Israeli PM Netanyahu's three-hour corruption grilling ends without arrest
Israel's prime minister Binyamin Netanyahu was grilled by police on Monday evening, as part of a graft probe that has shaken the country's politics.
Netanyahu was quizzed for three hours by investigators at his residence in central Jerusalem, under caution "on suspicion of receiving benefits", a police spokesman said afterwards.
The right-wing premier denied any wrongdoing and told his political opponents to put any "celebrations" on hold.
Police had been expected to question Netanyahu over whether he illegally accepted gifts from wealthy supporters.
The long-running graft inquiry has looked into whether Israeli and foreign businessmen have offered gifts worth tens of thousands of dollars as well as another unspecified issue, according to media reports.
Attorney General Avichai Mandelblit reportedly decided to upgrade the inquiry to a criminal probe, although he has yet to confirm this.
Earlier on Monday, screens were mounted at the entrance to the compound in central Jerusalem in an apparent bid to shield the investigators' arrival.
"We hear all the media reports. We see and hear the festive spirit and atmosphere in television studios and in the corridors of the opposition," Netanyahu told lawmakers from his Likud party on Monday, according to a video posted to his Facebook page.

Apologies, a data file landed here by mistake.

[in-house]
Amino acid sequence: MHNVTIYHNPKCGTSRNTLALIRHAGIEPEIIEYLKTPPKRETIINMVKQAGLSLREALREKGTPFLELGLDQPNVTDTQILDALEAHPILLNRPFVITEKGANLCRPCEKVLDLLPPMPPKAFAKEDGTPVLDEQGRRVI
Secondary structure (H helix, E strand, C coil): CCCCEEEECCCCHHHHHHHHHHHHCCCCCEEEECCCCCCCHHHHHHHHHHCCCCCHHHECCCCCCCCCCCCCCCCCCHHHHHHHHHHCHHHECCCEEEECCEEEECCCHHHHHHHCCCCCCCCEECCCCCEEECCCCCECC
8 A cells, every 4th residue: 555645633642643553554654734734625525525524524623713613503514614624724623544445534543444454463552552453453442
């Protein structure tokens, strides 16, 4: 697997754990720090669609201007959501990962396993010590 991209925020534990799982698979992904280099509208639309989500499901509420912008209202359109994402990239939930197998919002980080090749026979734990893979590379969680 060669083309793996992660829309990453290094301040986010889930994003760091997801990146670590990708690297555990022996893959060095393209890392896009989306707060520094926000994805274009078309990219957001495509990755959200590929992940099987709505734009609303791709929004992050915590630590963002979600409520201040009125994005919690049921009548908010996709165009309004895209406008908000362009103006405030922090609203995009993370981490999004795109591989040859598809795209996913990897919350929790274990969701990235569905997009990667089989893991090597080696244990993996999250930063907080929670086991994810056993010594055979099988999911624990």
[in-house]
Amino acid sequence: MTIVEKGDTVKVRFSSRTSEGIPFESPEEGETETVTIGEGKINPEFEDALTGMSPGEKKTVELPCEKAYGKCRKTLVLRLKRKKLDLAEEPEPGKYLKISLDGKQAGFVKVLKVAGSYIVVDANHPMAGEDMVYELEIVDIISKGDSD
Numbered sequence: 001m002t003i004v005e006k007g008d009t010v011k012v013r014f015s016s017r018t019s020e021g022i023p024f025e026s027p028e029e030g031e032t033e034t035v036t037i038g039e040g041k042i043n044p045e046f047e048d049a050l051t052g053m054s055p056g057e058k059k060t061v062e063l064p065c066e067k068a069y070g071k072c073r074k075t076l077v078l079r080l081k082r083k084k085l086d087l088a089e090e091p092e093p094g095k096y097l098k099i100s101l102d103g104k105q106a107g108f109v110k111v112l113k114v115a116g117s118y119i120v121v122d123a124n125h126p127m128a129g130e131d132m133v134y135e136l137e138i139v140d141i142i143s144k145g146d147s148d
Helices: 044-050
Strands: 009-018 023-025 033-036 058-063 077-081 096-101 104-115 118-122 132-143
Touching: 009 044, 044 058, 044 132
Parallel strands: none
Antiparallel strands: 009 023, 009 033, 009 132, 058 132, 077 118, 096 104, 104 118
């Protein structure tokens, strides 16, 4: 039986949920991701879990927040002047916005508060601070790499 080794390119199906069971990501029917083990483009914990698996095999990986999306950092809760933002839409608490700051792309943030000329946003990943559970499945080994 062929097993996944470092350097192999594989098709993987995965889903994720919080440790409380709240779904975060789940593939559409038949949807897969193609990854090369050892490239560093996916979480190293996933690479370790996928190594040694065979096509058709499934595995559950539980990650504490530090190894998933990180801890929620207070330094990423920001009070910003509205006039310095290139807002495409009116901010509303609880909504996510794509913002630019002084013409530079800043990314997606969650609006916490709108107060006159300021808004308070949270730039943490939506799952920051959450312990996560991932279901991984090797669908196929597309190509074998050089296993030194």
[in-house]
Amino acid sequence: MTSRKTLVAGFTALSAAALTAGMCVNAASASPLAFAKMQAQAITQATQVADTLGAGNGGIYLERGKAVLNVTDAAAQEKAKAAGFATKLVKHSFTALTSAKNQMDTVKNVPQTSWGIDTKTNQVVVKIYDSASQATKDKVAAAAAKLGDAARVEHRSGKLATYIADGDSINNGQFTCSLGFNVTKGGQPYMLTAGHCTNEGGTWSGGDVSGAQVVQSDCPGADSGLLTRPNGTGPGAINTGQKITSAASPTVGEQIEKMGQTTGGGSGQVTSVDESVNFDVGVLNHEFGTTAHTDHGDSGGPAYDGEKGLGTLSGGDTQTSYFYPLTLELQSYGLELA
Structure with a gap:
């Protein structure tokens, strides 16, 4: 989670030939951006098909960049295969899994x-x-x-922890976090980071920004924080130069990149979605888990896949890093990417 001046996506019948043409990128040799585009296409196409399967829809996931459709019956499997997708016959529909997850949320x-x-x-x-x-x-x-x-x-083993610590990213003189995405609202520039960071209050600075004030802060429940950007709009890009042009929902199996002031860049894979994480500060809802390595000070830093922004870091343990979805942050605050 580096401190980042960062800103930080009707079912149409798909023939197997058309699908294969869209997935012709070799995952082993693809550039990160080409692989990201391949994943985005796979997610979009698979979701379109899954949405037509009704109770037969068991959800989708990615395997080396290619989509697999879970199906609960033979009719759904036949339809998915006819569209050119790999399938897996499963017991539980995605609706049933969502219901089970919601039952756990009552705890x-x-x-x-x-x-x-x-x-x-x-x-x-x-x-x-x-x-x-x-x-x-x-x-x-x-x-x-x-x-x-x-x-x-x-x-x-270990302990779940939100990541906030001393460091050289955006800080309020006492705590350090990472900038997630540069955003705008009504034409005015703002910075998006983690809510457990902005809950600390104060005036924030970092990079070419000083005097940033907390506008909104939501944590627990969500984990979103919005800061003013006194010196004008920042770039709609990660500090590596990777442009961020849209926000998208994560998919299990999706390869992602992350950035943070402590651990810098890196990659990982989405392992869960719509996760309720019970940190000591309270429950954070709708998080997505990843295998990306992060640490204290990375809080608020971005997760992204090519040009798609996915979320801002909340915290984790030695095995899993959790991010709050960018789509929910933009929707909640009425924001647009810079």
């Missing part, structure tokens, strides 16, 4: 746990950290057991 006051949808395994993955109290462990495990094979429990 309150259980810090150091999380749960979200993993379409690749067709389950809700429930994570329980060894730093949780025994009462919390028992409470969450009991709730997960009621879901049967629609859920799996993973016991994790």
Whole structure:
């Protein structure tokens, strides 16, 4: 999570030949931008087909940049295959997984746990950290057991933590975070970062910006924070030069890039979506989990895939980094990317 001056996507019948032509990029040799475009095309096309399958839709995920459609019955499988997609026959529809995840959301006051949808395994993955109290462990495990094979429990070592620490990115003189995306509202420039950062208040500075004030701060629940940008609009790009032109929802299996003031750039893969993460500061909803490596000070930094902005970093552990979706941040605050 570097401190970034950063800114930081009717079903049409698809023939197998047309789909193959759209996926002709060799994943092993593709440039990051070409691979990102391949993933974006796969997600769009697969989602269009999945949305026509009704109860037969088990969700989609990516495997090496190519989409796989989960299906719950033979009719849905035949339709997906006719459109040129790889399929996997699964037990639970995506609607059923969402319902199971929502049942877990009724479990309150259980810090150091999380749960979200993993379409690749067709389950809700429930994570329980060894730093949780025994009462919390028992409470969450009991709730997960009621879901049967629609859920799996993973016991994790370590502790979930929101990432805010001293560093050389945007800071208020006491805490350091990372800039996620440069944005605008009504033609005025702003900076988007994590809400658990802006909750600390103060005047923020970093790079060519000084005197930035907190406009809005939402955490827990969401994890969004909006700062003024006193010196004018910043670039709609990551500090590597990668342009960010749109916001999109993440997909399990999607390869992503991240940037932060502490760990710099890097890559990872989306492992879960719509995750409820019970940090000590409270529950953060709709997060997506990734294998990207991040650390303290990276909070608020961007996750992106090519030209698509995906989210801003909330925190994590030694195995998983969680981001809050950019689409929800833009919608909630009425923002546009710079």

"I want to tell them to wait for the celebrations. Do not rush. I told you and I repeat: There will be nothing because there is nothing. You will continue to inflate hot air balloons and we will continue to lead the state of Israel."
The probe has been carried out in secret for eight months and police recently made an important breakthrough, reports said. About 50 witnesses are said to have been questioned.
In July, Mandelblit said he had ordered a preliminary examination into an unspecified affair involving Netanyahu, with no details given.
US billionaire and World Jewish Congress president Ronald Lauder has been among those questioned in the probe over gifts he allegedly gave Netanyahu, including spending on trips for the Israeli official, Israeli media reported.
Lauder, whose family founded the Estee Lauder cosmetics giant, has long been seen as an ally of Netanyahu, who in the late 1990s put him in charge of negotiating with the then Syrian president Hafez al-Assad.
Despite this, Netanyahu acknowledged receiving money from French tycoon Arnaud Mimran, who was sentenced to eight years in prison over a scam amounting to 283 million euros involving the trade of carbon emissions permits and taxes on them.
Netanyahu's office said he had received $40,000 in contributions from Mimran in 2001, when he was not in office, as part of a fund for public activities, including appearances abroad to promote Israel.
He has also come under scrutiny over an alleged conflict of interest in the purchase of submarines from a German firm.
Media reports have alleged a conflict of interest over the role played by the Netanyahu family lawyer, David Shimron, who also acts for the Israeli agent of Germany's ThyssenKrupp.
Beyond those issues, Israel's state comptroller released a critical report in May about Netanyahu's foreign trips, some with his wife and children, between 2003 and 2005 when he was finance minister.